Here’s a point-by-point rebuttal of some of his statements in the press release (the fictions are repeated – in a form – in his veto message):
- “AB 8 …does not cover all Californians.”
Neither does the Governor’s proposal. Not the January proposal. Neither the 220-page legislative language he released this week.
His own modeling, by MIT Professor Jonathan Gruber, suggests that 800,000 people will be left uninsured under his proposal.
In addition to that, there’s another 1 million Californians that Gov. Arnold Schwarzenegger’s proposals don’t cover–the plans merely force those 1 million Californians to buy inadequate coverage on the individual market that they would have no guarantee they could afford. Even if that is considered “coverage”–which is undefined in the legislative language–we expect that many will not abide by the mandate, as many do not with the requirement to get auto insurance.
In short, the Governor’s “universal coverage” proposal is neither universal, nor coverage. He is setting a bar that his own proposal does not meet.
- “A 7.5 percent fee would force employers to shoulder the entire burden of health care reform.” No one gets off free in AB8.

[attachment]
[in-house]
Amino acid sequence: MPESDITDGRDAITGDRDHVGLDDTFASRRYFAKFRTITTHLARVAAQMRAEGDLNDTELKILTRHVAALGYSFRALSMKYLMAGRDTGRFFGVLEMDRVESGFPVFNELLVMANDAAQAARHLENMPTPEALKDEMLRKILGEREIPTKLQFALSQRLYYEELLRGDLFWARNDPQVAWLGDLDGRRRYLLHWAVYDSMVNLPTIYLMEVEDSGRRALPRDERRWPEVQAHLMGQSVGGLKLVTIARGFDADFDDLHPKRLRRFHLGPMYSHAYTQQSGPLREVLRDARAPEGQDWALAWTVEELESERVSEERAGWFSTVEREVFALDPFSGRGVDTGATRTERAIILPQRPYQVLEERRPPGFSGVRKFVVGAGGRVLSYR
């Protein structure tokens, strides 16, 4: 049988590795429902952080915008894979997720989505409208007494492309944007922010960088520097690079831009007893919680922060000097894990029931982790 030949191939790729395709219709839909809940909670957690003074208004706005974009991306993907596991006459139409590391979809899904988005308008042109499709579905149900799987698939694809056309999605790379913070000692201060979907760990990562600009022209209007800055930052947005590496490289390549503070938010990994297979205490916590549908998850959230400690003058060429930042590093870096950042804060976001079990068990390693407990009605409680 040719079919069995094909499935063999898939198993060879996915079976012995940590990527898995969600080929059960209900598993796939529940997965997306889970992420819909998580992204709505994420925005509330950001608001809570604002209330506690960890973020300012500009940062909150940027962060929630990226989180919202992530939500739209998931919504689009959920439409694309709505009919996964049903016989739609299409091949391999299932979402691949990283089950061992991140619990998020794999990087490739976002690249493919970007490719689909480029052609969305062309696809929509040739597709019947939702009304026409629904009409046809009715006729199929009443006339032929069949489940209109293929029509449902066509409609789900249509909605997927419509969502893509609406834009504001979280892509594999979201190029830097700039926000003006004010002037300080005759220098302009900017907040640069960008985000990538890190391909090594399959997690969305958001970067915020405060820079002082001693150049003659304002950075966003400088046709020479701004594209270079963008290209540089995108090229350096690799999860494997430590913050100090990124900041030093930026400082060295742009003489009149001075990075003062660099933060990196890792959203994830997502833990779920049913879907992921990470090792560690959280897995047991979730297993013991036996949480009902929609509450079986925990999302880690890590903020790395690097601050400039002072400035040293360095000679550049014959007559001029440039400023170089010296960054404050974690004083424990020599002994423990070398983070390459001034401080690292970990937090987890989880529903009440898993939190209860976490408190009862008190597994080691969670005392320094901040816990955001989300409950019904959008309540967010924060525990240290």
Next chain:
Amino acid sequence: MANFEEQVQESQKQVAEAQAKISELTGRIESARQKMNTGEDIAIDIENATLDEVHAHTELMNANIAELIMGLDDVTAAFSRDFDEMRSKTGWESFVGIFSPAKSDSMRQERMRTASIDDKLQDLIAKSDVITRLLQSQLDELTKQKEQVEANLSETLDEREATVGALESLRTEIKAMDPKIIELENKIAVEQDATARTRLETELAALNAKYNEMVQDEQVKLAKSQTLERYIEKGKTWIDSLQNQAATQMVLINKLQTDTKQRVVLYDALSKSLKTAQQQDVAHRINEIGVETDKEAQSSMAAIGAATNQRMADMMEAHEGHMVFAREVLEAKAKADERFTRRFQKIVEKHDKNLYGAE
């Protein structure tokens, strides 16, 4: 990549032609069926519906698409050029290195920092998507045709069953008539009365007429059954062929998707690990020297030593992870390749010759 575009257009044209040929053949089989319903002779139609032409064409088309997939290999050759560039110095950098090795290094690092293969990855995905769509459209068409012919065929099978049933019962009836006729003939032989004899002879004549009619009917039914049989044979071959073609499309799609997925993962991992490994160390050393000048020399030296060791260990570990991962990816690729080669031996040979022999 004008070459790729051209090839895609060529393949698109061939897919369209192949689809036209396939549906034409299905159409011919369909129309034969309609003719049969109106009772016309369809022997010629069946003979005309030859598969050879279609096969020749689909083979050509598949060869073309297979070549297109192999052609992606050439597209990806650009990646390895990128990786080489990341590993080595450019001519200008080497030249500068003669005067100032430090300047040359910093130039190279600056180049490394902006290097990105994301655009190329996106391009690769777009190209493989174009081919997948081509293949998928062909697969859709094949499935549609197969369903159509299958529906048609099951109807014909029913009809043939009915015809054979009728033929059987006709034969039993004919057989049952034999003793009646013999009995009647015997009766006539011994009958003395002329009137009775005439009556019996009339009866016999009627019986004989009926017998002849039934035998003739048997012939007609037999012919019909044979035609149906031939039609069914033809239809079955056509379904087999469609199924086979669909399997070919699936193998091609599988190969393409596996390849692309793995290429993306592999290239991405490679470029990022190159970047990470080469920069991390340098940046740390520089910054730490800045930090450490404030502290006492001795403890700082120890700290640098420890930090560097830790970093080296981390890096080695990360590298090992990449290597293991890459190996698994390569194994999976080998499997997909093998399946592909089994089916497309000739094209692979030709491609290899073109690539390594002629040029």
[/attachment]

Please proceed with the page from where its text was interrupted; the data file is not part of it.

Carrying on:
Employers make up just less than half of the financing for AB8.
There are significant other funding sources: AB8 applies the principle of “individual responsibility” meaning those who can afford the coverage — that it’s 5 percent of their income to pay the premium and out-of-pocket costs – need to take it up. The state is kicking in money to help lower- and middle-income families get coverage. And the proposal bring in significant federal matching funds. Even insures are asked to help pay for those who are denied because of “pre-existing conditions.”
Lastly, the governor needs to do more homework. California businesses already spend an average of 8 percent of wages on healthcare, according to this study.
- AB8 would deal “a devastating blow to small business in California.” Wrong again.
This UC Berkeley Labor Center study shows that the impacts of health reform on California businesses would be similar to a modest minimum wage increase. No enormous business implosion has occured. In fact, the study finds that nearly 80% of businesses (large AND small) would see less than a 2 percent increase in costs over the long run. And in fact, health reform would increase worker productivity as they wouldn’t feel wedded to a job they weren’t suited for just because of the health coverage.
- “Earlier this week, the Governor released language in a bill for for his comprehensive Health Care Security and Cost Reduction Act, which brings access to affordable health care to every California.” The statement goes on to say his plan “increases affordability.”
When is spending $10,000 for a deductible increasing affordability? The new legislative language allows the Secretary of Health and Human Services to set a “minimum coverage” level that is even higher than the $5,000 deductible previously proposed. And it allows any employer-based coverage to qualify, even without any limits. In this regard, the legislative language went in the wrong direction.